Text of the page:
French filmmaker Claire Denis often structures her films like a good fiction writer; her films are character-driven, dropping the viewer in the middle of an ongoing narrative while leaving out a few details and never resorting to any tidy endings. White Material, Denis' 10th feature film, returns to Western Africa for the third time, joining 1999's Beau Travail and her 1988 semi-autobiographical debut, Chocolat. The story of White Material presents her strongest criticism of colonialism in present-day Africa. It is also her finest work to date.
Prolific actress Isabelle Huppert often plays extreme characters, such as in her fearless performance as Erika Kahout in La Pianiste (The Piano Teacher). Here she delivers a powerful performance as Marie Vail, who tries to keep the family's coffee plantation running and make one last coffee harvest in the midst of an erupting civil war. Marie's single-minded determination becomes her own undermining as she ignores her family's complex descent into madness, betrayal and delusion. Huppert's portrayal, however, allows for a multi-dimensional characterization of Marie, making it difficult to simply dismiss her.
Denis, who was raised in various parts of Africa (her father served as a French civil servant), returns to Cameroon, where Chocolat took place, though it is not key to White Material's story. The script, co-written by Denis and Senegalese-French writer Marie N'Diaye, borrows from different French colonial African histories and conflicts. Children soldiers, struggling laborers, deposed leaders, armed bandits and militia contrast against well-to-do local officials and colonialists like the Vail family whose own living quarters are luxurious. Denis also includes the presence of the transistor radio throughout the film; a common method of many Africans to obtain information and news. In White Material, it becomes a way to support a deposed leader known as "The Boxer" (portrayed by Isaac de Bankole, who also starred in Chocolat).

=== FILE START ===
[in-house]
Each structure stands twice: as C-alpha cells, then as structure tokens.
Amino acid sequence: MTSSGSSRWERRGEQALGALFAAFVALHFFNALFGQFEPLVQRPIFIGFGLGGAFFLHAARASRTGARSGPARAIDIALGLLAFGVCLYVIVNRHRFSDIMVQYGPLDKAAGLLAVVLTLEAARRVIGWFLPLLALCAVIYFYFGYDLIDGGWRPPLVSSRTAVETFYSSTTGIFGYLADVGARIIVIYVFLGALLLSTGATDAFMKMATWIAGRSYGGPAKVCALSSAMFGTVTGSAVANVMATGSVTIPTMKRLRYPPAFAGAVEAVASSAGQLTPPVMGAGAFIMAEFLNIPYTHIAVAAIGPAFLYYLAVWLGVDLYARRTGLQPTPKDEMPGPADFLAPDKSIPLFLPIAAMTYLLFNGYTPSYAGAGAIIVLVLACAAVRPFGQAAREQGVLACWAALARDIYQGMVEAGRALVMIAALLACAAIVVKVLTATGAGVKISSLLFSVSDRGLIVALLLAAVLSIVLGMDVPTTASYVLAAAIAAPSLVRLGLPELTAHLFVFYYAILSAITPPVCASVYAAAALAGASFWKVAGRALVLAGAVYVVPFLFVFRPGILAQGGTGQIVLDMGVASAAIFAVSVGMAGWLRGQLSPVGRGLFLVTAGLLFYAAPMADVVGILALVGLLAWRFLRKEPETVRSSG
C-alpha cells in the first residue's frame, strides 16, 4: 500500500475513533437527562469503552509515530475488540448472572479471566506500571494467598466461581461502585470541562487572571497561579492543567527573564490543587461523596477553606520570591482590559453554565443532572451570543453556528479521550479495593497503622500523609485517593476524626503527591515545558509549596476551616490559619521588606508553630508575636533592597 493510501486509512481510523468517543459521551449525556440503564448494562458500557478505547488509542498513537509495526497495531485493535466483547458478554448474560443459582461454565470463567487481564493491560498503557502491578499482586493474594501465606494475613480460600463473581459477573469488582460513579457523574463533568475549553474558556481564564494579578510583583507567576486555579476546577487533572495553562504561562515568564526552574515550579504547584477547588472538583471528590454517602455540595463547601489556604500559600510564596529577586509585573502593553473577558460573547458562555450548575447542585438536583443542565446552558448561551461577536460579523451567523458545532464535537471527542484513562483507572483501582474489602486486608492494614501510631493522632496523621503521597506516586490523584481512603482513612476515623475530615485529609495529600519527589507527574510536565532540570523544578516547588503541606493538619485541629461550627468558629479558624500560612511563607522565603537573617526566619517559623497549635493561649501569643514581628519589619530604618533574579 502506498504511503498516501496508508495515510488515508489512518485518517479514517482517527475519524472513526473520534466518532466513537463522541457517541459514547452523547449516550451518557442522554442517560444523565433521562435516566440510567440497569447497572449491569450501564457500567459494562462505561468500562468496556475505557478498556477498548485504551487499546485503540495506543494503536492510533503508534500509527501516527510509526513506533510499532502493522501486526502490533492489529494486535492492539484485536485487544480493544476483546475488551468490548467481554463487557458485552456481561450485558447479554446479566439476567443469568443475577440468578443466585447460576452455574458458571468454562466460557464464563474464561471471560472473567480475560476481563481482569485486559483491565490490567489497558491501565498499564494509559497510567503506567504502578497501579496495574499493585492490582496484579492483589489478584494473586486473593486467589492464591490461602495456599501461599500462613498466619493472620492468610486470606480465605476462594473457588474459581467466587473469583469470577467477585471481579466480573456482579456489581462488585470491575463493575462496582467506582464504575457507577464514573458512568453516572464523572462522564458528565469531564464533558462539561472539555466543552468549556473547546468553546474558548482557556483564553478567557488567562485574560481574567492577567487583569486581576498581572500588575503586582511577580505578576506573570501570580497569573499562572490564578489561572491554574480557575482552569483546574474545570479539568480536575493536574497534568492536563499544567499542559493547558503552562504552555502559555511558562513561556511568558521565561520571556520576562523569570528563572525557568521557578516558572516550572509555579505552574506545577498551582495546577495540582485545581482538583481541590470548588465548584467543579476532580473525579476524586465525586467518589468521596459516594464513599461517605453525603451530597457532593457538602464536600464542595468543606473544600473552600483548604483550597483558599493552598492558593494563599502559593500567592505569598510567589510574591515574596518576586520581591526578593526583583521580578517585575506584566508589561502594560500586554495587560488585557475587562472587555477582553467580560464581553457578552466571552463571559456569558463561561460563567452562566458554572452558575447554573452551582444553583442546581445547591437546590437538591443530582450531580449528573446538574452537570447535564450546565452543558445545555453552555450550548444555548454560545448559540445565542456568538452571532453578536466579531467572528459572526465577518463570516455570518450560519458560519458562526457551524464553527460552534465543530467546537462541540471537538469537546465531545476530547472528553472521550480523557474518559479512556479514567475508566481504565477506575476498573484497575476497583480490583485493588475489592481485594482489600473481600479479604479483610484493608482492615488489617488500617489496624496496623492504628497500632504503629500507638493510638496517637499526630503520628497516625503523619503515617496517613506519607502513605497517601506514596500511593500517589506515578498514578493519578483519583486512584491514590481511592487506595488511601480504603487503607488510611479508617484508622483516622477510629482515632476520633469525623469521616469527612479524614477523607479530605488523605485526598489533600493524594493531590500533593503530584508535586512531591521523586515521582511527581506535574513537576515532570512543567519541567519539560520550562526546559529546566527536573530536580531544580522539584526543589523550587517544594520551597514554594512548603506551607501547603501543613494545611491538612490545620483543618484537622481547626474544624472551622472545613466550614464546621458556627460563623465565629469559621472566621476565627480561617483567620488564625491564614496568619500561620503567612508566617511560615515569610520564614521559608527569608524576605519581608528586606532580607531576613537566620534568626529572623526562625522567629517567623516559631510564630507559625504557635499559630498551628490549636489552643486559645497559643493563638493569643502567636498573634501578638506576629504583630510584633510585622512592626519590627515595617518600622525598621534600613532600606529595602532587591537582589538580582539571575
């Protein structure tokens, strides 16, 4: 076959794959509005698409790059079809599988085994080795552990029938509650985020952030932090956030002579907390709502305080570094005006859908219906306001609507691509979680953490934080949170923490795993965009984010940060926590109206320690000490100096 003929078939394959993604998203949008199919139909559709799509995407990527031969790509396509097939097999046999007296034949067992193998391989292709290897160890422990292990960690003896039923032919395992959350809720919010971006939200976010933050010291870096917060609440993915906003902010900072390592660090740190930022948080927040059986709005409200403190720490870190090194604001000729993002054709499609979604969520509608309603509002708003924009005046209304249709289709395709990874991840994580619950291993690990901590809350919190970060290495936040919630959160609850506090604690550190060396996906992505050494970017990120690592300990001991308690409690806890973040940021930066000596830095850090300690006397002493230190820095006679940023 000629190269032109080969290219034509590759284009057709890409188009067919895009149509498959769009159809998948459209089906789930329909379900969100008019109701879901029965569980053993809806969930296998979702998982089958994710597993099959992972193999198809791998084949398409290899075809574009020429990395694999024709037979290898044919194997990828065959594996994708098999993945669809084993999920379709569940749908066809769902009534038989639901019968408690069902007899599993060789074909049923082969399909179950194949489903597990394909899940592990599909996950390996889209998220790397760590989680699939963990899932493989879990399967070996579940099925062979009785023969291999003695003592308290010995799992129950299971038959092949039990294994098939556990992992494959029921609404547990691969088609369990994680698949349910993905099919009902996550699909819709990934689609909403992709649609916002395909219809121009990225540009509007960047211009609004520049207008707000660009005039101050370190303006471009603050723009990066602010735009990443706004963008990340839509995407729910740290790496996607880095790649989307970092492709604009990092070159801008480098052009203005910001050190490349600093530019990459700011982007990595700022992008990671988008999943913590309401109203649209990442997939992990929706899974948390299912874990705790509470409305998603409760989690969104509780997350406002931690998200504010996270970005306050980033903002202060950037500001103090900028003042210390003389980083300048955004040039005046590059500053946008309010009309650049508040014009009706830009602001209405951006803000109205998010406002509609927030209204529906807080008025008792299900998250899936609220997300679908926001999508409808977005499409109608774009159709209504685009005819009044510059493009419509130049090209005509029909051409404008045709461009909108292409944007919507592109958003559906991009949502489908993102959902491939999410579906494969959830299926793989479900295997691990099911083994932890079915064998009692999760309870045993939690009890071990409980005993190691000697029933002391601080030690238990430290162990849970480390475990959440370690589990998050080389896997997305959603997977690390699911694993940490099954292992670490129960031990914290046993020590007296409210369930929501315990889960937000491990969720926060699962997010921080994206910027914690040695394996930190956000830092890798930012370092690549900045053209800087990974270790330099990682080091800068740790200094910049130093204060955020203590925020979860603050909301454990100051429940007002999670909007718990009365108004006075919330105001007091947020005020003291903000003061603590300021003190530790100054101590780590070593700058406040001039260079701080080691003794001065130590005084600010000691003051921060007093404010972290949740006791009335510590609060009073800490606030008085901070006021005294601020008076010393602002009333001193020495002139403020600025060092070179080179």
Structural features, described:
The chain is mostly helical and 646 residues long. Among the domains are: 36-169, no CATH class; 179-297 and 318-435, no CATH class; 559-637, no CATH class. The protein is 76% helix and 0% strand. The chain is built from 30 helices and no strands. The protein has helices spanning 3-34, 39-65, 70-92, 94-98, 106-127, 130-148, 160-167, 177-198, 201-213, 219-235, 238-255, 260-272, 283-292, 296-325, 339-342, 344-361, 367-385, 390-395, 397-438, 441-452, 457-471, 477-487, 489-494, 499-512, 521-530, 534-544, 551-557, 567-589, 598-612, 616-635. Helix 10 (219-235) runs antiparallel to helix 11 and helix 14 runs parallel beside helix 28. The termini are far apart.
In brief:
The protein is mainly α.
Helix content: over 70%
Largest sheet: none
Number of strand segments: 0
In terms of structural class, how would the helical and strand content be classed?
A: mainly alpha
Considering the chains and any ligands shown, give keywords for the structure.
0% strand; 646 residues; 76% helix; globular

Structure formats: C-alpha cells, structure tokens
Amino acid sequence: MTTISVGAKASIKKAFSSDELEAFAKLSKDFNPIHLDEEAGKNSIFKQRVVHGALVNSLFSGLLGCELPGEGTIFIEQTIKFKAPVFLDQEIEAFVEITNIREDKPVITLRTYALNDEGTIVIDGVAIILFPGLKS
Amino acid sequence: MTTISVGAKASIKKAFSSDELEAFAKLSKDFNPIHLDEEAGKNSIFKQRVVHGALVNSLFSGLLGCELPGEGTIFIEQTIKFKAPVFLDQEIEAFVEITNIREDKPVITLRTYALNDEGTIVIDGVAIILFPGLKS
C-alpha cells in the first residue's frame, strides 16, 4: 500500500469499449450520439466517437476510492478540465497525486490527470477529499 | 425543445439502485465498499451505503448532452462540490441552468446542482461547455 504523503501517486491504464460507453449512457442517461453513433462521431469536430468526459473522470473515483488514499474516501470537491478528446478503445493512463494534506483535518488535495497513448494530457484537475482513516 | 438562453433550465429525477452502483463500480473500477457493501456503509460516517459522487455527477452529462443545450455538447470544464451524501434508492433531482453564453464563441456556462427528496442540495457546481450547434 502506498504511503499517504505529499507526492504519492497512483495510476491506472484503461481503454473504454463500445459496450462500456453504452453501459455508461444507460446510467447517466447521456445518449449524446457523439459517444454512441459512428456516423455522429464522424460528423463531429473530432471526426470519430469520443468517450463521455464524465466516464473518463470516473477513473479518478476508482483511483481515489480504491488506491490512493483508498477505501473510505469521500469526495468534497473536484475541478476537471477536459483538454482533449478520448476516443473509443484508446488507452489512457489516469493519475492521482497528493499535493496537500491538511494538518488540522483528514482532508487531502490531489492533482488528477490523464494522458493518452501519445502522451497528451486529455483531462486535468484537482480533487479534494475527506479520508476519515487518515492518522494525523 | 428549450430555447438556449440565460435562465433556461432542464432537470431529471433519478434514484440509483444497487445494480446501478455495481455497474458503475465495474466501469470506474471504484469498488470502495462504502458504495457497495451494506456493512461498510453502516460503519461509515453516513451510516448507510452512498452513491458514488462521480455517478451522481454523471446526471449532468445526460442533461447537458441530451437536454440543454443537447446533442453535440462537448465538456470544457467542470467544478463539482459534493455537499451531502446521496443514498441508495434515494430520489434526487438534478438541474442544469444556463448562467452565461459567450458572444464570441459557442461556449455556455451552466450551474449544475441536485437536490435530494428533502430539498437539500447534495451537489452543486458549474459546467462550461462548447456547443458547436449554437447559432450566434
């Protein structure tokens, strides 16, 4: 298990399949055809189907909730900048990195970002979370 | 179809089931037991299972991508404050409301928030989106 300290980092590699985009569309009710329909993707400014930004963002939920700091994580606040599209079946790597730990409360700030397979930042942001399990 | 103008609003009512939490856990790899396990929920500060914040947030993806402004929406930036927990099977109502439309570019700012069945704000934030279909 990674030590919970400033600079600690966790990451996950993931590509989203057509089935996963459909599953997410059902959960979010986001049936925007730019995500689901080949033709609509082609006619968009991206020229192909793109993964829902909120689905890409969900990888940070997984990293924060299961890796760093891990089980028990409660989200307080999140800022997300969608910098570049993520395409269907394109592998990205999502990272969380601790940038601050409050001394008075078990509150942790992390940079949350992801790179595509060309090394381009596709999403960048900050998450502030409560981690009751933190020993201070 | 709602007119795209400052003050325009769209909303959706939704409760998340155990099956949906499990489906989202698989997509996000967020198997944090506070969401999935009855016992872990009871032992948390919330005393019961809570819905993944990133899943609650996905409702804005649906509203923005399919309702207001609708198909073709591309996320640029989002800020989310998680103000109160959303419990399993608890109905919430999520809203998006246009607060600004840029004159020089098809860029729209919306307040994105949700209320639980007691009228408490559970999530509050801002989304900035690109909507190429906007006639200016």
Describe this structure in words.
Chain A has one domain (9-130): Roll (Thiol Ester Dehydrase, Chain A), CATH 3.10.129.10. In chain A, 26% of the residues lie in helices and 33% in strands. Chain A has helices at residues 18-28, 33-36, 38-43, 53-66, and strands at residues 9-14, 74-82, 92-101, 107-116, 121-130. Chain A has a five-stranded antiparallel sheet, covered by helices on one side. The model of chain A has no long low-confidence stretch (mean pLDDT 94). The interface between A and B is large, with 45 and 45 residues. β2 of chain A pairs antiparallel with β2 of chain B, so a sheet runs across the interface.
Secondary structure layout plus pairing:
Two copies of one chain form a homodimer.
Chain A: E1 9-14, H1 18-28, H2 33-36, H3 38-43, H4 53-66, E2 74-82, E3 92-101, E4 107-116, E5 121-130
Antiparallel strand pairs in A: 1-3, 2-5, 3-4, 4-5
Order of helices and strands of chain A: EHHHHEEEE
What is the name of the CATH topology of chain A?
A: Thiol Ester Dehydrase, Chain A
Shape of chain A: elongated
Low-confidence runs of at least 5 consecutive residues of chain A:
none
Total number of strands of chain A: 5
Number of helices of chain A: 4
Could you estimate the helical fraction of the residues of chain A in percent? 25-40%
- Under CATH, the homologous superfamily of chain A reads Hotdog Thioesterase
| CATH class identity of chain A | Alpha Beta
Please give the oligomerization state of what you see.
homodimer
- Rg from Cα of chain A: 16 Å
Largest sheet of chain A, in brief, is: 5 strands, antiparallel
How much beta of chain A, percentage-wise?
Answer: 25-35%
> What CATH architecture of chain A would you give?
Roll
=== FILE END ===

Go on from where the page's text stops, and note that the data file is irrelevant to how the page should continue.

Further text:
The term "white material" refers to Africa's white inhabitants and their material objects -- such as the gold-plated lighter that a young soldier takes from the edge of the Vails' swimming pool. "My question was what is it to be ‘white material' -- white people who believe, today in the modern world, that all this bullshit -- slavery, colonialism, racism -- are gone, far away," Denis commented in a recent Filmmaker interview. Denis, likely from her own experience, understands what it is like to be a white outsider, or "minority," and how that whiteness is tied to her country's colonialism.
Following on the heels of the superb 35 rhums (35 Shots of Rum), White Material is another document of Denis' masterful storytelling and filmmaking. Coupled with new cinematographer Yves Cape (Denis has almost entirely worked with cinematographer Agnes Godard), whose inventive, mostly hand-held camera work adds to the film's immediacy, and Huppert's stunning performance, White Material establishes Denis as one of the most significant and important filmmakers in contemporary cinema.